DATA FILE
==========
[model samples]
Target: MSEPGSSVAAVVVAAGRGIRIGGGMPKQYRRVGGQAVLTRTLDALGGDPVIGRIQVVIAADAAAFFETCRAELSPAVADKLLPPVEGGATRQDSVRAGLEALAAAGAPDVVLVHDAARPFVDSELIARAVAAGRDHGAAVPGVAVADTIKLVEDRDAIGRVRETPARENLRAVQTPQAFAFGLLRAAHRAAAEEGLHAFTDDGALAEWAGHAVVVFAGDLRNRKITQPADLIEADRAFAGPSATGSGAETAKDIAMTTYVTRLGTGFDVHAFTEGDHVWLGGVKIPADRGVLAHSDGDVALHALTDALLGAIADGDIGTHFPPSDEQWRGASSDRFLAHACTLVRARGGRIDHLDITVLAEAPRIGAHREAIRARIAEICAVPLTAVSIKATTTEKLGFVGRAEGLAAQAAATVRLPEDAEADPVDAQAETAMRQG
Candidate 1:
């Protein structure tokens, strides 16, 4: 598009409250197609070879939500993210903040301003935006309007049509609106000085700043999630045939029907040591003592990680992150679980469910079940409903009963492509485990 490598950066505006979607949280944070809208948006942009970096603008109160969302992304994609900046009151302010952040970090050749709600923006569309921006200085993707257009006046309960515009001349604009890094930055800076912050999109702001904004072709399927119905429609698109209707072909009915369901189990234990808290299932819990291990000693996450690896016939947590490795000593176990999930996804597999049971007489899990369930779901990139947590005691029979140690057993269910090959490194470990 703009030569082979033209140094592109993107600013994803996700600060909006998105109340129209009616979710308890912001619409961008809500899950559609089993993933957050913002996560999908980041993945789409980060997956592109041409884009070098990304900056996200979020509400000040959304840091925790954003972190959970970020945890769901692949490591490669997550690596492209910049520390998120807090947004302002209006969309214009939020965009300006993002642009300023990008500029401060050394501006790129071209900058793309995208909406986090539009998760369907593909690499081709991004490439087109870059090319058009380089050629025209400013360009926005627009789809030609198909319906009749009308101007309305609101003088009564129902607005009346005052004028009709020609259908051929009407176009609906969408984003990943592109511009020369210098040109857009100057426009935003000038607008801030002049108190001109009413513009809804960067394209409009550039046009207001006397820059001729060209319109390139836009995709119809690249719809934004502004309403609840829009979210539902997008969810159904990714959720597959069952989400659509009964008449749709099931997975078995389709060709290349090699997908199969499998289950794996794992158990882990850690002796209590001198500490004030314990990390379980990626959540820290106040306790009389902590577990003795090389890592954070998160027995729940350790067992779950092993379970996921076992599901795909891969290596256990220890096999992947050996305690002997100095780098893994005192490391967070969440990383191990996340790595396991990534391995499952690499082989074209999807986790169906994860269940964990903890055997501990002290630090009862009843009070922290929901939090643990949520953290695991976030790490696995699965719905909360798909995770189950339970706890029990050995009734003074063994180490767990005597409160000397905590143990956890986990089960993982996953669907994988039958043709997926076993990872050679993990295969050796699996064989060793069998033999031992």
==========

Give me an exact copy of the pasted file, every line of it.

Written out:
[model samples]
Target: MSEPGSSVAAVVVAAGRGIRIGGGMPKQYRRVGGQAVLTRTLDALGGDPVIGRIQVVIAADAAAFFETCRAELSPAVADKLLPPVEGGATRQDSVRAGLEALAAAGAPDVVLVHDAARPFVDSELIARAVAAGRDHGAAVPGVAVADTIKLVEDRDAIGRVRETPARENLRAVQTPQAFAFGLLRAAHRAAAEEGLHAFTDDGALAEWAGHAVVVFAGDLRNRKITQPADLIEADRAFAGPSATGSGAETAKDIAMTTYVTRLGTGFDVHAFTEGDHVWLGGVKIPADRGVLAHSDGDVALHALTDALLGAIADGDIGTHFPPSDEQWRGASSDRFLAHACTLVRARGGRIDHLDITVLAEAPRIGAHREAIRARIAEICAVPLTAVSIKATTTEKLGFVGRAEGLAAQAAATVRLPEDAEADPVDAQAETAMRQG
Candidate 1:
């Protein structure tokens, strides 16, 4: 598009409250197609070879939500993210903040301003935006309007049509609106000085700043999630045939029907040591003592990680992150679980469910079940409903009963492509485990 490598950066505006979607949280944070809208948006942009970096603008109160969302992304994609900046009151302010952040970090050749709600923006569309921006200085993707257009006046309960515009001349604009890094930055800076912050999109702001904004072709399927119905429609698109209707072909009915369901189990234990808290299932819990291990000693996450690896016939947590490795000593176990999930996804597999049971007489899990369930779901990139947590005691029979140690057993269910090959490194470990 703009030569082979033209140094592109993107600013994803996700600060909006998105109340129209009616979710308890912001619409961008809500899950559609089993993933957050913002996560999908980041993945789409980060997956592109041409884009070098990304900056996200979020509400000040959304840091925790954003972190959970970020945890769901692949490591490669997550690596492209910049520390998120807090947004302002209006969309214009939020965009300006993002642009300023990008500029401060050394501006790129071209900058793309995208909406986090539009998760369907593909690499081709991004490439087109870059090319058009380089050629025209400013360009926005627009789809030609198909319906009749009308101007309305609101003088009564129902607005009346005052004028009709020609259908051929009407176009609906969408984003990943592109511009020369210098040109857009100057426009935003000038607008801030002049108190001109009413513009809804960067394209409009550039046009207001006397820059001729060209319109390139836009995709119809690249719809934004502004309403609840829009979210539902997008969810159904990714959720597959069952989400659509009964008449749709099931997975078995389709060709290349090699997908199969499998289950794996794992158990882990850690002796209590001198500490004030314990990390379980990626959540820290106040306790009389902590577990003795090389890592954070998160027995729940350790067992779950092993379970996921076992599901795909891969290596256990220890096999992947050996305690002997100095780098893994005192490391967070969440990383191990996340790595396991990534391995499952690499082989074209999807986790169906994860269940964990903890055997501990002290630090009862009843009070922290929901939090643990949520953290695991976030790490696995699965719905909360798909995770189950339970706890029990050995009734003074063994180490767990005597409160000397905590143990956890986990089960993982996953669907994988039958043709997926076993990872050679993990295969050796699996064989060793069998033999031992």